Famous insomniacs include William Wordsworth, Emily Brontë, Vladimir Nabokov and Marcel Proust so could there be a positive side to sleeplessness, asks Marina Benjamin
“A bad night is not always a bad thing,” wrote the late science fiction author Brian Aldiss. A long-time insomniac, he appears to have been searching for the silver lining of a condition that, in chronic form, can suck the lifeblood from you.
One does not have to try hard to build the case against insomnia – the way its vampire clutch leaves just a hollow shell of you to ghost walk through your days; the way it trips you up and compromises your cognitive integrity. But Aldiss was after compensation. The “great attraction of insomnia”, he observed, is that “the night seems to release a little more of our vast backward inheritance of instinct and feelings; as with the dawn, a little honey is allowed to ooze between the lips of the sandwich, a little of the stuff of dreams to drip into the waking mind.”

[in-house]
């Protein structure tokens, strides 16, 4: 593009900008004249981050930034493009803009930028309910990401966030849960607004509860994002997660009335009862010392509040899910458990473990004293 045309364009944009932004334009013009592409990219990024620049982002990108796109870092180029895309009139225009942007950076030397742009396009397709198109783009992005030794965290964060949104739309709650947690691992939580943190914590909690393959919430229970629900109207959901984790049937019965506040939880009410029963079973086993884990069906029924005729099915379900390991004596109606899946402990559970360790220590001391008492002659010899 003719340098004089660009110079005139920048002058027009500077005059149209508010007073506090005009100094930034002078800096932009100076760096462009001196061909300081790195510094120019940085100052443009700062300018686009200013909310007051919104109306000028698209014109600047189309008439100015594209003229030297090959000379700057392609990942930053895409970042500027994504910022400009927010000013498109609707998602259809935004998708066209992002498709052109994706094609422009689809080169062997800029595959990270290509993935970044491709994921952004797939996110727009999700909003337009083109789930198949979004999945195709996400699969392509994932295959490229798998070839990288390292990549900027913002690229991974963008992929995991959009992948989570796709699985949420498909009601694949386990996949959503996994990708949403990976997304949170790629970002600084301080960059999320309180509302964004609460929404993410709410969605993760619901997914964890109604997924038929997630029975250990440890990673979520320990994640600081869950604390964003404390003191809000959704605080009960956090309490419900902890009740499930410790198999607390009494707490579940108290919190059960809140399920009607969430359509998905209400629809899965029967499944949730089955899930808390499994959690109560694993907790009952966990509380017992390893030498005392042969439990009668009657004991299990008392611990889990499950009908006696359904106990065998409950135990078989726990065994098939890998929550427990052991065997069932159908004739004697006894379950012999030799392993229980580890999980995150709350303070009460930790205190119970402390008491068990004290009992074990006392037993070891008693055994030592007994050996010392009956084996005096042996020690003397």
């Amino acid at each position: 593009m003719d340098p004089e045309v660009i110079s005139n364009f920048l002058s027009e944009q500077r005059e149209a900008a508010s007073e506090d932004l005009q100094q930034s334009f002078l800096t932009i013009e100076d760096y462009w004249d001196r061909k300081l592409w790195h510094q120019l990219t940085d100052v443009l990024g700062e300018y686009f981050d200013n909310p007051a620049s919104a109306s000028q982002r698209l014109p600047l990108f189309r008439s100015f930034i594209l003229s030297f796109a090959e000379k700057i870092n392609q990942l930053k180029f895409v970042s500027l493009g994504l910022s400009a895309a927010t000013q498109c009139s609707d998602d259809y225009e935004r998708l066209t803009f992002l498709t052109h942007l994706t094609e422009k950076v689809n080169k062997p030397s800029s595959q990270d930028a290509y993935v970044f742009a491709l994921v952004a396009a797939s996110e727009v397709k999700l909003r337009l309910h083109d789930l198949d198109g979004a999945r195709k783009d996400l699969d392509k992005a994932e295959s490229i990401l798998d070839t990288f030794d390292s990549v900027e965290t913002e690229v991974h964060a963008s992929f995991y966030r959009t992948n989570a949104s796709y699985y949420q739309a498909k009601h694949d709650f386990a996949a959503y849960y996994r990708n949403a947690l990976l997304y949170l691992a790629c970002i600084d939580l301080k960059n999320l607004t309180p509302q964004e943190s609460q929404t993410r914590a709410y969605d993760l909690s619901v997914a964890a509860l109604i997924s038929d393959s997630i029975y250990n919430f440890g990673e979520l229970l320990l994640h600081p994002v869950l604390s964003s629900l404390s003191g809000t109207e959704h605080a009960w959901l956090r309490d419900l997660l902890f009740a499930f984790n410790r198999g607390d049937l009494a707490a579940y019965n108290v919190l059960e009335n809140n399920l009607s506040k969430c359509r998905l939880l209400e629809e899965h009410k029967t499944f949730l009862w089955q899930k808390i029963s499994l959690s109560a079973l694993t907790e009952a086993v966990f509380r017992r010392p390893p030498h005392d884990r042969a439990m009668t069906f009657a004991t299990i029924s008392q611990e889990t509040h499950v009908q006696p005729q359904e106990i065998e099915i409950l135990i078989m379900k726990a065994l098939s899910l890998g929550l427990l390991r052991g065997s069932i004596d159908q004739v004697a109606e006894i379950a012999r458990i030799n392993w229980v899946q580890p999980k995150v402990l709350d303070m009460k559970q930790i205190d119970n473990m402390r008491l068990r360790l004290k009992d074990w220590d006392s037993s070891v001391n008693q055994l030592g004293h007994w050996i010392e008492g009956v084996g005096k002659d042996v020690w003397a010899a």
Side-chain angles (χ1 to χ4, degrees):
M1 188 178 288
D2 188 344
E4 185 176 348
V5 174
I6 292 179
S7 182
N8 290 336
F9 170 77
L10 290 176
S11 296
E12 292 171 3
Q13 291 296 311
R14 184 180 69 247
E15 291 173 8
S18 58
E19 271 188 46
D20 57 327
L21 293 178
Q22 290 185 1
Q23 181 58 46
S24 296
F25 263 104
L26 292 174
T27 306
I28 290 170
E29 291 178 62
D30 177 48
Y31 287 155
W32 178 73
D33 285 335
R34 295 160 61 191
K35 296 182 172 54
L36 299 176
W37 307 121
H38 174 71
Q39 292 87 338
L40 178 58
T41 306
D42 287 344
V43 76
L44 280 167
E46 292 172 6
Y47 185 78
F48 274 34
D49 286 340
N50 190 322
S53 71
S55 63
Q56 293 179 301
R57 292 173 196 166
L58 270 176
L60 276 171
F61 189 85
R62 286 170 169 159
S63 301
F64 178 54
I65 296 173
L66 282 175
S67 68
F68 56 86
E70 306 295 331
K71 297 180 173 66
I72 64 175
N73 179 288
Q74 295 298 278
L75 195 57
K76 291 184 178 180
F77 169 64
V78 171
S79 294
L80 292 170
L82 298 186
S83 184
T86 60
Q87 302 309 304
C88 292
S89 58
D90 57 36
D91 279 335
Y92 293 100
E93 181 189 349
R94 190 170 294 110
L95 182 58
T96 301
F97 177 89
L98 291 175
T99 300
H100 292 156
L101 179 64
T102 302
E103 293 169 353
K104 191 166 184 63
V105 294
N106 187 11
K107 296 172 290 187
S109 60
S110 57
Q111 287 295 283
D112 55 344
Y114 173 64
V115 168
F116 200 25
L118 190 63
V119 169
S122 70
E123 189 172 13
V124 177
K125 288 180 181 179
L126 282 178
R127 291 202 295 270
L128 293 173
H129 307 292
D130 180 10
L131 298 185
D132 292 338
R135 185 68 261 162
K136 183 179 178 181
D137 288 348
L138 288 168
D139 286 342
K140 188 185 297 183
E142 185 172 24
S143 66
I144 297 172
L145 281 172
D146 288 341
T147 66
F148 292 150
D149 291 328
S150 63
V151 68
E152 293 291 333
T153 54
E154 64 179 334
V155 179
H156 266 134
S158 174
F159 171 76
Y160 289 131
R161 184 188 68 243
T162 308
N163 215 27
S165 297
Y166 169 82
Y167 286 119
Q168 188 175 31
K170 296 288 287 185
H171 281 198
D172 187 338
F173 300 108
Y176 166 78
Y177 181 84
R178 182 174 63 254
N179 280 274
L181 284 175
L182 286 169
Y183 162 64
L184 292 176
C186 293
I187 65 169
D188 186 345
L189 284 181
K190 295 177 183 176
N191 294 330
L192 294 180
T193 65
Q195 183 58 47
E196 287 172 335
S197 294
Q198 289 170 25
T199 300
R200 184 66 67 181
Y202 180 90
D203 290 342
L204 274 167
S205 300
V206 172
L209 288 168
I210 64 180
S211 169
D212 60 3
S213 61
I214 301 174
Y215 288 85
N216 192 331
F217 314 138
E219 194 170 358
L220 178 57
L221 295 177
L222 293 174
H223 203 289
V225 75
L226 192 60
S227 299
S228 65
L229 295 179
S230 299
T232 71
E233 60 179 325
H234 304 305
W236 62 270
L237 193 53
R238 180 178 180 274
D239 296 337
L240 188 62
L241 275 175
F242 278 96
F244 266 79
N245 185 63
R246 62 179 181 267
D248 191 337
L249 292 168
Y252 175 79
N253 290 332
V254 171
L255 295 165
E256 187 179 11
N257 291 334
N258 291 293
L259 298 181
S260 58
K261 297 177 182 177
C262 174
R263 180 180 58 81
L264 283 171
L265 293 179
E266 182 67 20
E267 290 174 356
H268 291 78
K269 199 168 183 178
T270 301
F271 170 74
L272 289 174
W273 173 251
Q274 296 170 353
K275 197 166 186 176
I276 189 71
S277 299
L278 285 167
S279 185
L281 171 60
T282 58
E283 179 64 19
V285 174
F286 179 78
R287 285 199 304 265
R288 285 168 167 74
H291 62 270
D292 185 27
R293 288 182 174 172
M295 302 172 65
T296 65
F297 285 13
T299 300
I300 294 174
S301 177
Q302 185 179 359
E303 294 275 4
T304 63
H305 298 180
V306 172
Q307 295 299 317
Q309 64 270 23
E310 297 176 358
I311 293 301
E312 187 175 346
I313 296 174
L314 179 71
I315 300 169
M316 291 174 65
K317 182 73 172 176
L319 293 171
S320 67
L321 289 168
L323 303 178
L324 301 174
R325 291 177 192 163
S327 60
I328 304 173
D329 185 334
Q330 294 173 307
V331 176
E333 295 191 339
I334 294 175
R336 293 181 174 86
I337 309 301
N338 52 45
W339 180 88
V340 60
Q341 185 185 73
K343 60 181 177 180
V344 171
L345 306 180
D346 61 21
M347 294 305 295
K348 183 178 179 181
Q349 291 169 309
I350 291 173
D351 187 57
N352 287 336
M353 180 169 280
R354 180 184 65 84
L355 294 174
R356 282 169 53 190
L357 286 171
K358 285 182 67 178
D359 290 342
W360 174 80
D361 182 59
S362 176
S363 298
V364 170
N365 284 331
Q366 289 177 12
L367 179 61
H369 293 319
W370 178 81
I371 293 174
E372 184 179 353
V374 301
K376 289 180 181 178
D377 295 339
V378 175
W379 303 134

[Sleep is] the most moronic fraternity in the world … [a] nightly betrayal of reason, humanity, genius
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